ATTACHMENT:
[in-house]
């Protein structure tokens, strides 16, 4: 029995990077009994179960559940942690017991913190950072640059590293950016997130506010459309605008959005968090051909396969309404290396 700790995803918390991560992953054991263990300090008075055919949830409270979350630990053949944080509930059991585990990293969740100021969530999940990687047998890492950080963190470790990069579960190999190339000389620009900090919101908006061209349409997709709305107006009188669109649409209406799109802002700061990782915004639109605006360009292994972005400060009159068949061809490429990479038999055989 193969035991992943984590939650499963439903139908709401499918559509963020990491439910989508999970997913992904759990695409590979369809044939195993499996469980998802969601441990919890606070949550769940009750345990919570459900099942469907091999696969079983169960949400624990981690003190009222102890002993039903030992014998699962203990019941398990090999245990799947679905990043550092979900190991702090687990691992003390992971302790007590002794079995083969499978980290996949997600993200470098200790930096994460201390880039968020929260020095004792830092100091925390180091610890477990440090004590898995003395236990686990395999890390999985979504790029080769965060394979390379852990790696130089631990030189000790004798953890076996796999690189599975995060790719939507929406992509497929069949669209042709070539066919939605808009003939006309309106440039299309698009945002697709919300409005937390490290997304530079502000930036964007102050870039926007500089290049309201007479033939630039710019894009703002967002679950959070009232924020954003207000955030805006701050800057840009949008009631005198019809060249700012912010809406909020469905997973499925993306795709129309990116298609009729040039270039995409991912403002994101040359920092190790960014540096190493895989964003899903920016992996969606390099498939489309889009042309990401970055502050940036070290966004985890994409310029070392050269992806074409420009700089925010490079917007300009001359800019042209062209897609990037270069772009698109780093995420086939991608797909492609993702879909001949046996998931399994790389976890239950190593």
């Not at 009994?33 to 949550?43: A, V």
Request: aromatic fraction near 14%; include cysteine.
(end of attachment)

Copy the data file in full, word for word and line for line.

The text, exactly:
[in-house]
């Protein structure tokens, strides 16, 4: 029995990077009994179960559940942690017991913190950072640059590293950016997130506010459309605008959005968090051909396969309404290396 700790995803918390991560992953054991263990300090008075055919949830409270979350630990053949944080509930059991585990990293969740100021969530999940990687047998890492950080963190470790990069579960190999190339000389620009900090919101908006061209349409997709709305107006009188669109649409209406799109802002700061990782915004639109605006360009292994972005400060009159068949061809490429990479038999055989 193969035991992943984590939650499963439903139908709401499918559509963020990491439910989508999970997913992904759990695409590979369809044939195993499996469980998802969601441990919890606070949550769940009750345990919570459900099942469907091999696969079983169960949400624990981690003190009222102890002993039903030992014998699962203990019941398990090999245990799947679905990043550092979900190991702090687990691992003390992971302790007590002794079995083969499978980290996949997600993200470098200790930096994460201390880039968020929260020095004792830092100091925390180091610890477990440090004590898995003395236990686990395999890390999985979504790029080769965060394979390379852990790696130089631990030189000790004798953890076996796999690189599975995060790719939507929406992509497929069949669209042709070539066919939605808009003939006309309106440039299309698009945002697709919300409005937390490290997304530079502000930036964007102050870039926007500089290049309201007479033939630039710019894009703002967002679950959070009232924020954003207000955030805006701050800057840009949008009631005198019809060249700012912010809406909020469905997973499925993306795709129309990116298609009729040039270039995409991912403002994101040359920092190790960014540096190493895989964003899903920016992996969606390099498939489309889009042309990401970055502050940036070290966004985890994409310029070392050269992806074409420009700089925010490079917007300009001359800019042209062209897609990037270069772009698109780093995420086939991608797909492609993702879909001949046996998931399994790389976890239950190593």
């Not at 009994?33 to 949550?43: A, V």
Request: aromatic fraction near 14%; include cysteine.